Another company, Catchafire, offers a similar service, requiring a 5 hour per week commitment over three months, and places a greater emphasis on individual participation over corporate employees.

These new companies offer a fast, efficient way for nonprofits to complete vital tasks, while also giving individuals a chance to expand their professional networks, add more experience to their resumes, and give back to their communities—a win-win for everyone involved.

(Wall Street Journal) It’s no secret that California suffers from chronic budget problems.  The most recent item on the budget chopping block is state parks.  On May 13, the legislature voted to cut $22 million from the parks budget, potentially causing eighteen state park closures in the San Francisco Bay Area alone.

A representative from Marin County, one of the areas affected by the cuts, has introduced legislation allowing nonprofits to form partnerships to help fund and run state parks in danger of closure.  One such organization, Friends of Santa Cruz, has already raised $60,000 in 2010 to save the jobs of lifeguards at three state beaches.  Angel Island Immigration Station has raised $11 million to restore buildings that detained Chinese immigrants in the early 1900s—buildings that hold a strong cultural and historical significance for Bay Area communities.  Etched into stone walls during their often long detainment on Angel Island, immigrants’ writings in Chinese characters are still visible today.  The structures on Angel Island form a uniquely important aspect of Californian history, and it would be a shame to lose them because lawmakers in Sacramento can’t find a better way to balance the budget.

Even with the hurried, determined fundraising of these nonprofits, many worry that their actions won’t be enough to save California’s state parks.  Many nonprofits simply do not have sufficient volunteer manpower to run a state park, and all organizations are working to raise funds against a deadline of July 1, when the budget cuts go into effect.

(Nonprofit Quarterly) Smaller nonprofits would be well advised to avoid logos, taglines and slogans that resemble those of larger, established nonprofits—many of whom are resorting to legal action to protect what they call “historic investments in brand and reputation.”

A small group of local volunteers called Mush for a Cure organized a dog sledding event in 2007 to raise money for breast cancer research.  Last year, the group raised $30,000 for the National Breast Cancer Foundation.  They were surprised to receive a letter from an attorney at the Susan G. Komen Foundation, one of many sent out by the leader in breast cancer fundraising for supposed trademark violations.  Komen opposed Mush for a Cure’s trademark application for use of the phrase “for a cure,” commonly used by many smaller cancer-focused nonprofits and grassroots fundraising events.  Komen dropped their opposition to Mush for a Cure’s application after increased media scrutiny, but the story is an important warning for smaller nonprofits.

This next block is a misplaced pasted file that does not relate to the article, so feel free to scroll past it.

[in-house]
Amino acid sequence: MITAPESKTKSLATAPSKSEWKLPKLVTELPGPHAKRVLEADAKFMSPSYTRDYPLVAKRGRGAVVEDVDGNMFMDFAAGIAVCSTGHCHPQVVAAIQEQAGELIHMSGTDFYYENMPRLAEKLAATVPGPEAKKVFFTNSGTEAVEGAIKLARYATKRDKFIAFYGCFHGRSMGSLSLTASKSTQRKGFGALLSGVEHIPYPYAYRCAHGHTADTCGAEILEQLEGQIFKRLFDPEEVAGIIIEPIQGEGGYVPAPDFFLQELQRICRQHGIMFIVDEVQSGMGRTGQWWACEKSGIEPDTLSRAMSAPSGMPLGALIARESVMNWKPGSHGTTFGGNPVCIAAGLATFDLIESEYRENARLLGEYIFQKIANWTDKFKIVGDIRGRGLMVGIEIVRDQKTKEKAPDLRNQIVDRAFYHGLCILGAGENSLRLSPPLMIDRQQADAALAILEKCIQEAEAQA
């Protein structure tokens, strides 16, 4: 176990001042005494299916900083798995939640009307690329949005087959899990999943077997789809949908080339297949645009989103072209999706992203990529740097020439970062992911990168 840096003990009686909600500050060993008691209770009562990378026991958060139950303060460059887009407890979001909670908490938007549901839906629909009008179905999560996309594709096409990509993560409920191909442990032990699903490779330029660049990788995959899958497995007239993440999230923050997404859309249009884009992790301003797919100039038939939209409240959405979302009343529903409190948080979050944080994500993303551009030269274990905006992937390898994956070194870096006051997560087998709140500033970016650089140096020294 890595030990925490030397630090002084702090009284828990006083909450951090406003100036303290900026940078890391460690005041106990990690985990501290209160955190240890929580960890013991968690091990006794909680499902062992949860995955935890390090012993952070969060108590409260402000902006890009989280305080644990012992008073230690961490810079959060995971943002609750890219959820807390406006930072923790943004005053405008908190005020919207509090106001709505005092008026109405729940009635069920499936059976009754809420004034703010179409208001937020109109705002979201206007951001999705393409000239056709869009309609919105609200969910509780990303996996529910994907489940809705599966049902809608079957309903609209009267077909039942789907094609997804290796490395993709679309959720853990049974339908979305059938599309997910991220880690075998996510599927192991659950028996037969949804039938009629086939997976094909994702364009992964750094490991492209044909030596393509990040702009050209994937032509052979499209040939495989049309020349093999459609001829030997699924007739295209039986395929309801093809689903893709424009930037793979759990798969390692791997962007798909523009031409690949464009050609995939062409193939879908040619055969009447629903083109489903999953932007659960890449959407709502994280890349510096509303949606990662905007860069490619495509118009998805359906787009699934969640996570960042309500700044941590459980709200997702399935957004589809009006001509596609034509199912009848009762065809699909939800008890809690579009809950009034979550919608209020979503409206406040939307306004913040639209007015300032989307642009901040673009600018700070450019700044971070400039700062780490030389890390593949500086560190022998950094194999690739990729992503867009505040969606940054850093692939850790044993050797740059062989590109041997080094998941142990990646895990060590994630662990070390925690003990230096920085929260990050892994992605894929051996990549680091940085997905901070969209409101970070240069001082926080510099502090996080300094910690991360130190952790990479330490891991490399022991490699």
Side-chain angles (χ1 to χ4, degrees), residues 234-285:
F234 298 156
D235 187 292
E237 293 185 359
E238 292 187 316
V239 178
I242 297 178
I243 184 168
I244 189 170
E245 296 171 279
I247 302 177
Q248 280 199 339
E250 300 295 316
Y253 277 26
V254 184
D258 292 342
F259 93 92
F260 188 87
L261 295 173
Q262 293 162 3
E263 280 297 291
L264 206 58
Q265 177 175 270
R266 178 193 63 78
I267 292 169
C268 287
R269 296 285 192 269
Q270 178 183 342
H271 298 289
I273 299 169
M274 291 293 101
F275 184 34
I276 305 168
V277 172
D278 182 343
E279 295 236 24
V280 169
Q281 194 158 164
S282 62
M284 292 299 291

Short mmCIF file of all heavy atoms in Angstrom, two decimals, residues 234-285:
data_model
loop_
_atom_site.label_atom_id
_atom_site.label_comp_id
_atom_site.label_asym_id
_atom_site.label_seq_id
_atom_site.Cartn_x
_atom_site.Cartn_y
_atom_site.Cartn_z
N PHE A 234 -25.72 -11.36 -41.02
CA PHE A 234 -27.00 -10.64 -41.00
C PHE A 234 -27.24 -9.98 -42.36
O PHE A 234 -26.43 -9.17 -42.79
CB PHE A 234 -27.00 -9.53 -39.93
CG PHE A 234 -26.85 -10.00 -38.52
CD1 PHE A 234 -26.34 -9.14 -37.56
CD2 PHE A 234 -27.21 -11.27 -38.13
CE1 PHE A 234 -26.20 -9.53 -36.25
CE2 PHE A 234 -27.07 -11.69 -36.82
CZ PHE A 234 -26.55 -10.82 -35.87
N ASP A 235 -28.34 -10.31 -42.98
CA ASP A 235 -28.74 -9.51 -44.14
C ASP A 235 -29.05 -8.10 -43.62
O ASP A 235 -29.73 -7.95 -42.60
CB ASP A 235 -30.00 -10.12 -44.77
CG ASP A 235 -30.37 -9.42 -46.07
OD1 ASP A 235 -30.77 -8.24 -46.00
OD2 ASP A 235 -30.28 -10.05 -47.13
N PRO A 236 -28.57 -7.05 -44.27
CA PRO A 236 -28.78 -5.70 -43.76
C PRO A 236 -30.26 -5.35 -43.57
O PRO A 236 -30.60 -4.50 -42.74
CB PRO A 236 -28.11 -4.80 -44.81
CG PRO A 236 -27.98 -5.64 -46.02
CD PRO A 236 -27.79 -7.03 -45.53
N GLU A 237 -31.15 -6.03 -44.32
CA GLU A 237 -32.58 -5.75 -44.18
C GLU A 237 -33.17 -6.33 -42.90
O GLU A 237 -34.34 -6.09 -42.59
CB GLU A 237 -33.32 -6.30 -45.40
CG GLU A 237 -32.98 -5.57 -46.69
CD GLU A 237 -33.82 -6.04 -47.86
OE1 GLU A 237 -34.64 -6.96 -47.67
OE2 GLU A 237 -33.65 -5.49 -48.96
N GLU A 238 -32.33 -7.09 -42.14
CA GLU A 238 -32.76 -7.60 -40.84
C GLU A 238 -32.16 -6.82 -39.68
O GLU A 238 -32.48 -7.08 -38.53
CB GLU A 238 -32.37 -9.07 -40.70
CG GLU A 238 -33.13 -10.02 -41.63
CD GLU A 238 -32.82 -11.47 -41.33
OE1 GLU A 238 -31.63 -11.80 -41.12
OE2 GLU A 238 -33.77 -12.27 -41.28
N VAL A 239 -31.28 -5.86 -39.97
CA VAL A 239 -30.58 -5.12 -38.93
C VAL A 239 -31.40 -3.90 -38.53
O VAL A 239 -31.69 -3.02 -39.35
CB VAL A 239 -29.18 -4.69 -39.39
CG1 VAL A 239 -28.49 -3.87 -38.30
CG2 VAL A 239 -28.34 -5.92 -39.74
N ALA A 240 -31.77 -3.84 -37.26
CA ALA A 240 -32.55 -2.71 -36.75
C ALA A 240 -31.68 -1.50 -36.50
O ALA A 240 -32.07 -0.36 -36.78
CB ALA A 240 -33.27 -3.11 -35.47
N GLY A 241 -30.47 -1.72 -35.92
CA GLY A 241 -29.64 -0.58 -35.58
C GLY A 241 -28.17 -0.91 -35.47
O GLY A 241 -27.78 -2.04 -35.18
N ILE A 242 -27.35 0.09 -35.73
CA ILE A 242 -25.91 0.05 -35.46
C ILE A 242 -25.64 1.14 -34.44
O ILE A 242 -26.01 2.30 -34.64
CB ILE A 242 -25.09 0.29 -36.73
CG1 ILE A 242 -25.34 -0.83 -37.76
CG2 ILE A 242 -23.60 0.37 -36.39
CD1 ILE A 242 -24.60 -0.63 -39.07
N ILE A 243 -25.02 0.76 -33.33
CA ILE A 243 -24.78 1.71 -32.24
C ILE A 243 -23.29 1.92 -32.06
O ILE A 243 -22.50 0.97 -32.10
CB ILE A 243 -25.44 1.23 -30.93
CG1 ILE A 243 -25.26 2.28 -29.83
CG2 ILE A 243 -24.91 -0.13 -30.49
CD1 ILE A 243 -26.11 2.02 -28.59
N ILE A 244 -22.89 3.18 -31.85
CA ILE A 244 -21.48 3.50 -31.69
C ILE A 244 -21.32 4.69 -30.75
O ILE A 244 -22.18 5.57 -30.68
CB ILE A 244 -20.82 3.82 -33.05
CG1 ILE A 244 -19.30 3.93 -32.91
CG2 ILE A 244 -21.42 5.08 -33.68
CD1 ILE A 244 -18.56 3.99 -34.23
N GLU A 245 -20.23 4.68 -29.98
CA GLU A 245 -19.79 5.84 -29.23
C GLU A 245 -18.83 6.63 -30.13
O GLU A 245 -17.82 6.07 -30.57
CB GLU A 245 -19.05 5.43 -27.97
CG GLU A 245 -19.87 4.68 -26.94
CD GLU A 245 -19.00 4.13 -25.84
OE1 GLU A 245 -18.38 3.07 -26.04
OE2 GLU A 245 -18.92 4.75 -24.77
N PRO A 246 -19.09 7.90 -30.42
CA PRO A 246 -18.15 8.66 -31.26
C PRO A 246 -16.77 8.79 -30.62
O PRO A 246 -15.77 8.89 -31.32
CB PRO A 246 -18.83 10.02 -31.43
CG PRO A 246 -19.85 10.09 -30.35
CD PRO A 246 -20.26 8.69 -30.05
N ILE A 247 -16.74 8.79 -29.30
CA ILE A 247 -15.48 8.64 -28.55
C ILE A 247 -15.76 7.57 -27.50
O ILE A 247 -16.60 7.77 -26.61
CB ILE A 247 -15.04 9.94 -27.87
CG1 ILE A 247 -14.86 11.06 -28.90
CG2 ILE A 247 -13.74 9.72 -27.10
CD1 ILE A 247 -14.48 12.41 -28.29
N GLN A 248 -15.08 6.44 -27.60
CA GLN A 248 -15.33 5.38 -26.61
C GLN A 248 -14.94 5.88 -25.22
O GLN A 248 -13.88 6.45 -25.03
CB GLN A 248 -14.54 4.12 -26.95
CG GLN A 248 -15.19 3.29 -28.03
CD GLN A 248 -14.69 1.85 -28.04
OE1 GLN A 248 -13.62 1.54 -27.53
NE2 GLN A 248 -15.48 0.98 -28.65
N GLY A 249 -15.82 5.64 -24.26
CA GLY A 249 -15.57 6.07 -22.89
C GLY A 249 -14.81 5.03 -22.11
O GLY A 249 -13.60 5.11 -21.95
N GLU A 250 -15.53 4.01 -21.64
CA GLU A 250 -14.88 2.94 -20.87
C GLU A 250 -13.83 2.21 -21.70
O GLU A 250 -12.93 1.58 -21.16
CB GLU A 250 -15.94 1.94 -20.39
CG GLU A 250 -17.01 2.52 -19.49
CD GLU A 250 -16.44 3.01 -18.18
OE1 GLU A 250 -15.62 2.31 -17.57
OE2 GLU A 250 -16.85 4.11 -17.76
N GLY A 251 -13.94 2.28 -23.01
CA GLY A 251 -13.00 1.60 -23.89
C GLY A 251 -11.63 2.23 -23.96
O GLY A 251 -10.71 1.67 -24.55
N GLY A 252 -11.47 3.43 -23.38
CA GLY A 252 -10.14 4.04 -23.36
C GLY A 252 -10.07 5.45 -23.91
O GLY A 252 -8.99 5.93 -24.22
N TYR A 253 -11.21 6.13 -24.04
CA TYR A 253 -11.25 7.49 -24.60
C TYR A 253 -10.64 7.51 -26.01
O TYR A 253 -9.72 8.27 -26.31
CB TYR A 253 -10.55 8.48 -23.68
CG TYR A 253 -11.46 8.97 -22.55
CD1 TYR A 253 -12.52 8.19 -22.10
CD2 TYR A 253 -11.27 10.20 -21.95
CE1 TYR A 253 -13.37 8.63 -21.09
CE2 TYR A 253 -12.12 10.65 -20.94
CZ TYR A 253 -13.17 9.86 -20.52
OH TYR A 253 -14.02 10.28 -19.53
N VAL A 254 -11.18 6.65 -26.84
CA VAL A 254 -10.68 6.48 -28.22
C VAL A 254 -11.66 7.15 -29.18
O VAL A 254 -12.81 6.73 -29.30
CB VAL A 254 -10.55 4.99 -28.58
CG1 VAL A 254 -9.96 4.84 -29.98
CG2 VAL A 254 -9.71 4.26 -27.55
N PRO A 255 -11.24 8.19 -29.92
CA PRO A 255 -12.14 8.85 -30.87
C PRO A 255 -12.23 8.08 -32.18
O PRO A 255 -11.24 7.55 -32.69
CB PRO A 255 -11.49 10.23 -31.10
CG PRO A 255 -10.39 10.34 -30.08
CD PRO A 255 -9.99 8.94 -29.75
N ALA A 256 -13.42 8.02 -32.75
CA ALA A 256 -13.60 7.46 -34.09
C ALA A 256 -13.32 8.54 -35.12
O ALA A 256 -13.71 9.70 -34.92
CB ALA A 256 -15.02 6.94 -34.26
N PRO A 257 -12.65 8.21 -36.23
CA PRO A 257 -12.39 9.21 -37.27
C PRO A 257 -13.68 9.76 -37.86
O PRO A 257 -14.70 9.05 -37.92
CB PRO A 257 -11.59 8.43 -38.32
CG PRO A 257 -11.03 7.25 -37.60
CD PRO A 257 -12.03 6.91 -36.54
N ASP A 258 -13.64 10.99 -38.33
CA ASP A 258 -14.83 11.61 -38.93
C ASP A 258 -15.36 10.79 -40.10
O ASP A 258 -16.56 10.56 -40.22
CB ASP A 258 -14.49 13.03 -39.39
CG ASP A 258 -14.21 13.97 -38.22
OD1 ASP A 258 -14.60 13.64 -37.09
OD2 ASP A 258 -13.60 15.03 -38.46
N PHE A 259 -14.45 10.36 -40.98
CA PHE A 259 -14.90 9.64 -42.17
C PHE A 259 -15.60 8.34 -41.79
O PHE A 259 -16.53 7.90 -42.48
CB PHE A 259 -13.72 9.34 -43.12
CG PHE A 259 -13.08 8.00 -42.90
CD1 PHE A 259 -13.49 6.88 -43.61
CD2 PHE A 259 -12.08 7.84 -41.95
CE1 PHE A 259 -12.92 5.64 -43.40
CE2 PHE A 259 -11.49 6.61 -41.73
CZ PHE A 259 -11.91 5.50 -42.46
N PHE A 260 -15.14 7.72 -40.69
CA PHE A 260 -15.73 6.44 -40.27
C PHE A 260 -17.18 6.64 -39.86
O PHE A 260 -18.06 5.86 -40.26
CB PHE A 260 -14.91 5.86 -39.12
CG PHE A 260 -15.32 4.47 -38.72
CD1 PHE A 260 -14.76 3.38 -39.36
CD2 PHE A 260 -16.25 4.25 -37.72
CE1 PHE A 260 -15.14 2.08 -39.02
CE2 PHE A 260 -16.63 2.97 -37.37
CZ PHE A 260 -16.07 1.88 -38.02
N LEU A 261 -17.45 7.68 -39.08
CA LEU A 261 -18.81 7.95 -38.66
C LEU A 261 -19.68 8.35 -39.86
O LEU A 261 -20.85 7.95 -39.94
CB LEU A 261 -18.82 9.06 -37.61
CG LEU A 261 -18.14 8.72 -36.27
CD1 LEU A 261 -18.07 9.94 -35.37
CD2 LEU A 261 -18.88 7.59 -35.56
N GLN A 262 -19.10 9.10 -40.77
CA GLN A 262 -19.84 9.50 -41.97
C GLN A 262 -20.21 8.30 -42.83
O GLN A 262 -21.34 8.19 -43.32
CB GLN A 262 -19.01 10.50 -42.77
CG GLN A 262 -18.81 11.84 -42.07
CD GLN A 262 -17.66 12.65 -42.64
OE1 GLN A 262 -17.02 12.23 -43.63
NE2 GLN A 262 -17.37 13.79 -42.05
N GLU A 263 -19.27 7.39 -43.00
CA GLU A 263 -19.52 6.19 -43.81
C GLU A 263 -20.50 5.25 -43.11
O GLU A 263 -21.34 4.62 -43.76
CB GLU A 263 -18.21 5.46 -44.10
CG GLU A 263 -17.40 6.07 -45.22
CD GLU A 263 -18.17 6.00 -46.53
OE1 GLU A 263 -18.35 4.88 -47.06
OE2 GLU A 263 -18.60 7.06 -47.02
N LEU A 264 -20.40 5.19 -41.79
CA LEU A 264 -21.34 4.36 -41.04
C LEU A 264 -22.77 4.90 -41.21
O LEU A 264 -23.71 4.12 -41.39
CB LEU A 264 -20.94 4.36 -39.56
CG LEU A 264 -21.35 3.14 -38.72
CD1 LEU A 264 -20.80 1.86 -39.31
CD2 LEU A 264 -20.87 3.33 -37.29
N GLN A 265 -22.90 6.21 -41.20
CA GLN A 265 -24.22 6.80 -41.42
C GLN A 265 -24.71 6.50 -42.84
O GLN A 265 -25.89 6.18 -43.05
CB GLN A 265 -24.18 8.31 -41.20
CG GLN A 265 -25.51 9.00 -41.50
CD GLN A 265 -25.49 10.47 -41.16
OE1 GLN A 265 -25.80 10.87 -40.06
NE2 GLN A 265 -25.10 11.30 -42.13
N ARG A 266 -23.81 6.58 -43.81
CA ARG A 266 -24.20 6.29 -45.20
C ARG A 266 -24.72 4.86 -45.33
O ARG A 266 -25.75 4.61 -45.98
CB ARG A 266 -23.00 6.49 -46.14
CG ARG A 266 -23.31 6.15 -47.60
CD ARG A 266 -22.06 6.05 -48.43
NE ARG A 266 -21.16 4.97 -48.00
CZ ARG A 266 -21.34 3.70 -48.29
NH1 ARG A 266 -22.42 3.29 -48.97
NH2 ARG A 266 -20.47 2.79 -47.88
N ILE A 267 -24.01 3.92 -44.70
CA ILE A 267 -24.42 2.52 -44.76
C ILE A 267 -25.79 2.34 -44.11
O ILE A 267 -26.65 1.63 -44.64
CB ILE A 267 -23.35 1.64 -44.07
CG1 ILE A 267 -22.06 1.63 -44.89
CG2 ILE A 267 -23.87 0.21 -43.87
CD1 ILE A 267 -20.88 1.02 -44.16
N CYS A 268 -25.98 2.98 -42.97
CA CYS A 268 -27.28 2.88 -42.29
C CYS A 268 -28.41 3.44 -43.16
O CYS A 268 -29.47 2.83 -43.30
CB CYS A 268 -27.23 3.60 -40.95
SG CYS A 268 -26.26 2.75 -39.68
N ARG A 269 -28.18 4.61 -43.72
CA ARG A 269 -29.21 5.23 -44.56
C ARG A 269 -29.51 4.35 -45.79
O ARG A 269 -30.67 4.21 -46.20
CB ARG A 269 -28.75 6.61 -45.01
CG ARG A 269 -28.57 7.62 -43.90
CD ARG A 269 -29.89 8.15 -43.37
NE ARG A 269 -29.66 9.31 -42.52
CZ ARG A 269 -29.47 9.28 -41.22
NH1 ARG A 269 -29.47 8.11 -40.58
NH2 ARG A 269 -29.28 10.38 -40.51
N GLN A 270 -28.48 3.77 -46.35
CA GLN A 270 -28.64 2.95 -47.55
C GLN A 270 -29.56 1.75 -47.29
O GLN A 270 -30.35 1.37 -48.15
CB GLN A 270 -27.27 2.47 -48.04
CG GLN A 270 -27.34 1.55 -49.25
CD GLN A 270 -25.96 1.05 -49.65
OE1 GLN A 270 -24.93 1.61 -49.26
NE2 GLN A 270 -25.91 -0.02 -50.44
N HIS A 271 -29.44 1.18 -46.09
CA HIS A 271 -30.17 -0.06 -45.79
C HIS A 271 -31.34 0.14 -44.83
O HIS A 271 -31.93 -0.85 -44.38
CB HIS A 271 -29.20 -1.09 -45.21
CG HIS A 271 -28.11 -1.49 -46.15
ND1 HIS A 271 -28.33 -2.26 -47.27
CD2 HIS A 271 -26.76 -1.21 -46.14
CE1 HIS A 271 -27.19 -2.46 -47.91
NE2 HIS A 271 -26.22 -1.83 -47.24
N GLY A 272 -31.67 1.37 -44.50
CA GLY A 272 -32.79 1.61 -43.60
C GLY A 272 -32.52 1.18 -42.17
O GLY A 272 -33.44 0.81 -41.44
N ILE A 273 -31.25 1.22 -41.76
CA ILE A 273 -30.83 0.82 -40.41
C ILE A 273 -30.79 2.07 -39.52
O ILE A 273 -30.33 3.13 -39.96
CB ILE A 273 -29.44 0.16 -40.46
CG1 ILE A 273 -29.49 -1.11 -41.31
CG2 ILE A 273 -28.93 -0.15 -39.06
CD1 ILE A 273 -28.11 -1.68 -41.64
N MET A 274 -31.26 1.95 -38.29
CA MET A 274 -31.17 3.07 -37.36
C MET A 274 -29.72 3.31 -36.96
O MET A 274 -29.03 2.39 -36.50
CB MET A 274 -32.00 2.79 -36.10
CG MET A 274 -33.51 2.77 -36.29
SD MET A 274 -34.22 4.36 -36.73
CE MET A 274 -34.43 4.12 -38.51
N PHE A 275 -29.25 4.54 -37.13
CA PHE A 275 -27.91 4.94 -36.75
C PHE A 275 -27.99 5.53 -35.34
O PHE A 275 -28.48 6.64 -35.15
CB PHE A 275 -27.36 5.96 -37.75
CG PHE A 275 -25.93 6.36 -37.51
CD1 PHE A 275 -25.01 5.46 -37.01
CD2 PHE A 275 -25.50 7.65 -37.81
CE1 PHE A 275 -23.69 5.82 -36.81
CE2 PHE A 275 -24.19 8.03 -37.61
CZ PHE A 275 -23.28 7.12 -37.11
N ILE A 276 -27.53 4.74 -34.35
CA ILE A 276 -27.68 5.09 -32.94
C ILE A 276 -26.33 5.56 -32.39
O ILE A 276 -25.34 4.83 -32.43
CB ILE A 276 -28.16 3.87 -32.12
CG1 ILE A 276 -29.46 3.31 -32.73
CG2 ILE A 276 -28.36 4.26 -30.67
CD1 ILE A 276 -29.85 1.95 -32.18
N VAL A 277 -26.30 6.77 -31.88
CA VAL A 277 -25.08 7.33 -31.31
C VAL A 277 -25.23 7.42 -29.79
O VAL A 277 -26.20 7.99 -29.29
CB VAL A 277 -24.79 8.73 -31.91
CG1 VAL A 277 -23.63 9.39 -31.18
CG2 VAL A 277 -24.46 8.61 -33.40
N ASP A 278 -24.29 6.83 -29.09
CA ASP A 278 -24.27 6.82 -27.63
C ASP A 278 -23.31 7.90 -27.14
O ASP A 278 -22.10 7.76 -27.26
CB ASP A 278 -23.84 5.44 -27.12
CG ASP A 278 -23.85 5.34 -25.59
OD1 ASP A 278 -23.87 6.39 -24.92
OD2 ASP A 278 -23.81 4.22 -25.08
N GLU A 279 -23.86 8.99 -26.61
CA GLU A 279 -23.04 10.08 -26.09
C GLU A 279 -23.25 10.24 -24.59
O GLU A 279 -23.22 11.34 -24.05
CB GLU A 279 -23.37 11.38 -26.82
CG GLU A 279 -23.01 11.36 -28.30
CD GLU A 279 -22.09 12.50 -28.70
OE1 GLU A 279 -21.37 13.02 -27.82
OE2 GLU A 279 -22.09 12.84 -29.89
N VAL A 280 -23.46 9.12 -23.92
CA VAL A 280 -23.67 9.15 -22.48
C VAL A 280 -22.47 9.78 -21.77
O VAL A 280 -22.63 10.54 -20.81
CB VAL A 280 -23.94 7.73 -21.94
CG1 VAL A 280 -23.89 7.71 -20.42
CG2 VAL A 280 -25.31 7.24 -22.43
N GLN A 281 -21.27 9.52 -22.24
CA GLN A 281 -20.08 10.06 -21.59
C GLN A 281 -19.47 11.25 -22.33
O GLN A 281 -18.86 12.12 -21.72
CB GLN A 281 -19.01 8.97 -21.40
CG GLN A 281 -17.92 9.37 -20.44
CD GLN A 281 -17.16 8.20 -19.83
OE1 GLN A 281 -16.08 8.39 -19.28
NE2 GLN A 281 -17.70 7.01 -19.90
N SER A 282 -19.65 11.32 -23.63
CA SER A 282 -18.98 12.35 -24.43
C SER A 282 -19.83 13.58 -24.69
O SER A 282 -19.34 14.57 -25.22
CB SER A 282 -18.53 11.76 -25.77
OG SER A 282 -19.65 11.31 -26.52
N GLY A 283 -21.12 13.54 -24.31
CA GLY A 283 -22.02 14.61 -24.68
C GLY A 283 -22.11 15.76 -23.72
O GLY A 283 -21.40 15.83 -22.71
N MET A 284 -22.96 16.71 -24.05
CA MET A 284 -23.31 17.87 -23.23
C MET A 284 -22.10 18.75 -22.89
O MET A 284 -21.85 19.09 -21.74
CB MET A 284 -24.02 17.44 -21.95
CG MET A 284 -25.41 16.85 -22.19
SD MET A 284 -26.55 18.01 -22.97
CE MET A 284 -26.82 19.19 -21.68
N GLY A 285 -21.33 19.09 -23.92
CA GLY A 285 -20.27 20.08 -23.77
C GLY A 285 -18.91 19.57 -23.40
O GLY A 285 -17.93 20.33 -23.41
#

Mush for a Cure argues that at the end of the day, their small organization shares the same ultimate goal as Komen—finding a cure for breast cancer.  The two organizations should not be wasting their resources fighting each other in court, but instead devoting all their time, energy and money toward that shared goal.  This may be especially true when one side has deep pockets and the other can barely afford to be in court—and donors likely won’t be happy that their money is going toward a lawsuit instead of their chosen cause.

On the other hand, nonprofits often lose brand recognition when another organization appears with a similar name, logo and mission—and such brand recognition is valuable because it directs donors to the right charity.  Additionally, if a nonprofit that shares similarities with another nonprofit violates the law or gets into other trouble, it can tarnish the reputation of the other nonprofit.